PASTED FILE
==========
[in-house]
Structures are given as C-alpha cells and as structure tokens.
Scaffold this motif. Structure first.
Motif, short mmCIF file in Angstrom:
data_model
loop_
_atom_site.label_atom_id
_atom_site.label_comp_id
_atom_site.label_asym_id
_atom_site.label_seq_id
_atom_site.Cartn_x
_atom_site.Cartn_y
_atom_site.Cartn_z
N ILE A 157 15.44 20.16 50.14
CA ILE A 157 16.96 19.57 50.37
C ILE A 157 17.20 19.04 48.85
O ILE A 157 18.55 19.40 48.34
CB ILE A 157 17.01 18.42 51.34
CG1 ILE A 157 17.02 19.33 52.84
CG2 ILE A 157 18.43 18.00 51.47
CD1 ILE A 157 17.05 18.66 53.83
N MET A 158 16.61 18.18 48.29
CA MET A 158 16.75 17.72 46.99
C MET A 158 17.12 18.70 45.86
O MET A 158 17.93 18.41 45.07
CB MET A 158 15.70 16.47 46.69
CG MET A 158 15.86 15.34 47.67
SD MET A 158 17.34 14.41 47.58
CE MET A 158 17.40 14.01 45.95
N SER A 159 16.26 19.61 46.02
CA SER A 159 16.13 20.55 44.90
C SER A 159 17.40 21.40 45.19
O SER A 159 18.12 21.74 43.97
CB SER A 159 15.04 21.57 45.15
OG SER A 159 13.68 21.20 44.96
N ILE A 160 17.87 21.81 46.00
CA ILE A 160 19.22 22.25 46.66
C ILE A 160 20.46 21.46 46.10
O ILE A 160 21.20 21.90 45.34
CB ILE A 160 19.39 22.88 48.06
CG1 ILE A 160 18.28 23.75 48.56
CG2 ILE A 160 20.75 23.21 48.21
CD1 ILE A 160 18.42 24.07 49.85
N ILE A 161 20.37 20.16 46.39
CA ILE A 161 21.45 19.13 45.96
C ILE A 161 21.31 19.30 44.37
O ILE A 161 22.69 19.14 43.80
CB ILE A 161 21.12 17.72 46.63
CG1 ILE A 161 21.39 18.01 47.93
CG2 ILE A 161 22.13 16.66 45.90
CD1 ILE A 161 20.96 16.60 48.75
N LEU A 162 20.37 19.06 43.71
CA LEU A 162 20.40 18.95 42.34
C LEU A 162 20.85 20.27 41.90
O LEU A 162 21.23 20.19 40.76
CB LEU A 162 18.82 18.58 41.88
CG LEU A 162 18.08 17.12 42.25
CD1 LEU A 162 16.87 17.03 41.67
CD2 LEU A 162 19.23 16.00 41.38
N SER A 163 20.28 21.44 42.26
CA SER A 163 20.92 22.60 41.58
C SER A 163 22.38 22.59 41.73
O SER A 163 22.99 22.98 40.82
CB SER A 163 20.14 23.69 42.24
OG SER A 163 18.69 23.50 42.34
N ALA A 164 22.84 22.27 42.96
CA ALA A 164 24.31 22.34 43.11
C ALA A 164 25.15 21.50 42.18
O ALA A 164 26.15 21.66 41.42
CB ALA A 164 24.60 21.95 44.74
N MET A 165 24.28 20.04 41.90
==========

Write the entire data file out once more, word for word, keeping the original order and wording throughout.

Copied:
[in-house]
Structures are given as C-alpha cells and as structure tokens.
Scaffold this motif. Structure first.
Motif, short mmCIF file in Angstrom:
data_model
loop_
_atom_site.label_atom_id
_atom_site.label_comp_id
_atom_site.label_asym_id
_atom_site.label_seq_id
_atom_site.Cartn_x
_atom_site.Cartn_y
_atom_site.Cartn_z
N ILE A 157 15.44 20.16 50.14
CA ILE A 157 16.96 19.57 50.37
C ILE A 157 17.20 19.04 48.85
O ILE A 157 18.55 19.40 48.34
CB ILE A 157 17.01 18.42 51.34
CG1 ILE A 157 17.02 19.33 52.84
CG2 ILE A 157 18.43 18.00 51.47
CD1 ILE A 157 17.05 18.66 53.83
N MET A 158 16.61 18.18 48.29
CA MET A 158 16.75 17.72 46.99
C MET A 158 17.12 18.70 45.86
O MET A 158 17.93 18.41 45.07
CB MET A 158 15.70 16.47 46.69
CG MET A 158 15.86 15.34 47.67
SD MET A 158 17.34 14.41 47.58
CE MET A 158 17.40 14.01 45.95
N SER A 159 16.26 19.61 46.02
CA SER A 159 16.13 20.55 44.90
C SER A 159 17.40 21.40 45.19
O SER A 159 18.12 21.74 43.97
CB SER A 159 15.04 21.57 45.15
OG SER A 159 13.68 21.20 44.96
N ILE A 160 17.87 21.81 46.00
CA ILE A 160 19.22 22.25 46.66
C ILE A 160 20.46 21.46 46.10
O ILE A 160 21.20 21.90 45.34
CB ILE A 160 19.39 22.88 48.06
CG1 ILE A 160 18.28 23.75 48.56
CG2 ILE A 160 20.75 23.21 48.21
CD1 ILE A 160 18.42 24.07 49.85
N ILE A 161 20.37 20.16 46.39
CA ILE A 161 21.45 19.13 45.96
C ILE A 161 21.31 19.30 44.37
O ILE A 161 22.69 19.14 43.80
CB ILE A 161 21.12 17.72 46.63
CG1 ILE A 161 21.39 18.01 47.93
CG2 ILE A 161 22.13 16.66 45.90
CD1 ILE A 161 20.96 16.60 48.75
N LEU A 162 20.37 19.06 43.71
CA LEU A 162 20.40 18.95 42.34
C LEU A 162 20.85 20.27 41.90
O LEU A 162 21.23 20.19 40.76
CB LEU A 162 18.82 18.58 41.88
CG LEU A 162 18.08 17.12 42.25
CD1 LEU A 162 16.87 17.03 41.67
CD2 LEU A 162 19.23 16.00 41.38
N SER A 163 20.28 21.44 42.26
CA SER A 163 20.92 22.60 41.58
C SER A 163 22.38 22.59 41.73
O SER A 163 22.99 22.98 40.82
CB SER A 163 20.14 23.69 42.24
OG SER A 163 18.69 23.50 42.34
N ALA A 164 22.84 22.27 42.96
CA ALA A 164 24.31 22.34 43.11
C ALA A 164 25.15 21.50 42.18
O ALA A 164 26.15 21.66 41.42
CB ALA A 164 24.60 21.95 44.74
N MET A 165 24.28 20.04 41.90